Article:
Standard Article

Intelligence, Heredity, and Genes: A Historical Perspective

  1. CF Goodey

Published Online: 15 SEP 2006

DOI: 10.1002/9780470015902.a0006182



How to Cite

Goodey, C. 2006. Intelligence, Heredity, and Genes: A Historical Perspective. eLS. .

Author Information

  1. The Open University, London, UK

Publication History

  1. Published Online: 15 SEP 2006

This is not the most recent version of the article. View current version (16 FEB 2015)


The idea of an intelligence specific to humans has not always existed but grew from pre-modern ideas about their cultural and religious status. Galton's attachment of the term ‘intelligence’ to an existing statistical abstraction (the Gaussian curve) enabled this metaphysical concept to be correlated with the physical phenomenon of genetic material, since both were now apparently measureable. Like intelligence, the ‘nature/nature’ and ‘normal/abnormal’ frameworks dominating cognitive genetics are not trans-historical but outcomes of the eugenic mind-set, dependent on it for their validity.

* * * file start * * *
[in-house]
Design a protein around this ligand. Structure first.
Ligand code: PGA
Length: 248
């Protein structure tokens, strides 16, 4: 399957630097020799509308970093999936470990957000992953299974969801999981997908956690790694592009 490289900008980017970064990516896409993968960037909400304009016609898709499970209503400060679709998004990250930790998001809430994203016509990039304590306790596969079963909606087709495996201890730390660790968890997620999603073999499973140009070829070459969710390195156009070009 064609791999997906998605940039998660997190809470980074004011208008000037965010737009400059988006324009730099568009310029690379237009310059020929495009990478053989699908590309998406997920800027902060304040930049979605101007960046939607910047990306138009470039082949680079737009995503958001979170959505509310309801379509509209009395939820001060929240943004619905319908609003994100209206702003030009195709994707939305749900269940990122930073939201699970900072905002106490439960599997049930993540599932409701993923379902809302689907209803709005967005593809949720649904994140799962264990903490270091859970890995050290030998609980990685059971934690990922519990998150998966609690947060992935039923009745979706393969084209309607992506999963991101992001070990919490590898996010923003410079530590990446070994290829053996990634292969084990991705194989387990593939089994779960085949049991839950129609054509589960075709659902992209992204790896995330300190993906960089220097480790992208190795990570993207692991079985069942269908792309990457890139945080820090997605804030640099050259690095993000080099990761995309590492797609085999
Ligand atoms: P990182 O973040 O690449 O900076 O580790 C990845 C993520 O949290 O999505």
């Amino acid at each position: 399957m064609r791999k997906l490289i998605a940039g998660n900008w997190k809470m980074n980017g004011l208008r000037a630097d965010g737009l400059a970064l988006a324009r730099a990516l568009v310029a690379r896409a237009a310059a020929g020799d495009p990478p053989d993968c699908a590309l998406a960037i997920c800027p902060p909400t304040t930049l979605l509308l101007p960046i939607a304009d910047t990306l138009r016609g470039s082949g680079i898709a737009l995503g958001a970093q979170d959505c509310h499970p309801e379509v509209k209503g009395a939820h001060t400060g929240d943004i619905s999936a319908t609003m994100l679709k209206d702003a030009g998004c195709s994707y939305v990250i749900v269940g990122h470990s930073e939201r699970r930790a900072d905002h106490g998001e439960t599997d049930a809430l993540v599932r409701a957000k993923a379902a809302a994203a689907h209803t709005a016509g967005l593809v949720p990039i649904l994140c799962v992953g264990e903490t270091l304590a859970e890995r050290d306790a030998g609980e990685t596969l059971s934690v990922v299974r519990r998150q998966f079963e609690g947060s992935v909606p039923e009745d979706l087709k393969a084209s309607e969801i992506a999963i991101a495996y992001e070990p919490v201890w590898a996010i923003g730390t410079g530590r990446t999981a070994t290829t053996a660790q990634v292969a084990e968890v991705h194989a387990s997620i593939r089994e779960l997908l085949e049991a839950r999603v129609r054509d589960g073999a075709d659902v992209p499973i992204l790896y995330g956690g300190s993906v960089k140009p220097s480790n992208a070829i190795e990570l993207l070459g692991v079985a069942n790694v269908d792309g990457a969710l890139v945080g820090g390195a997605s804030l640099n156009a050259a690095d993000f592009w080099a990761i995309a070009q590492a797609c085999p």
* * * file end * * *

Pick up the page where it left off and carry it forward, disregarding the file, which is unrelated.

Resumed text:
• intelligence;
  • learning disability;
  • heredity;
  • eugenics;
  • history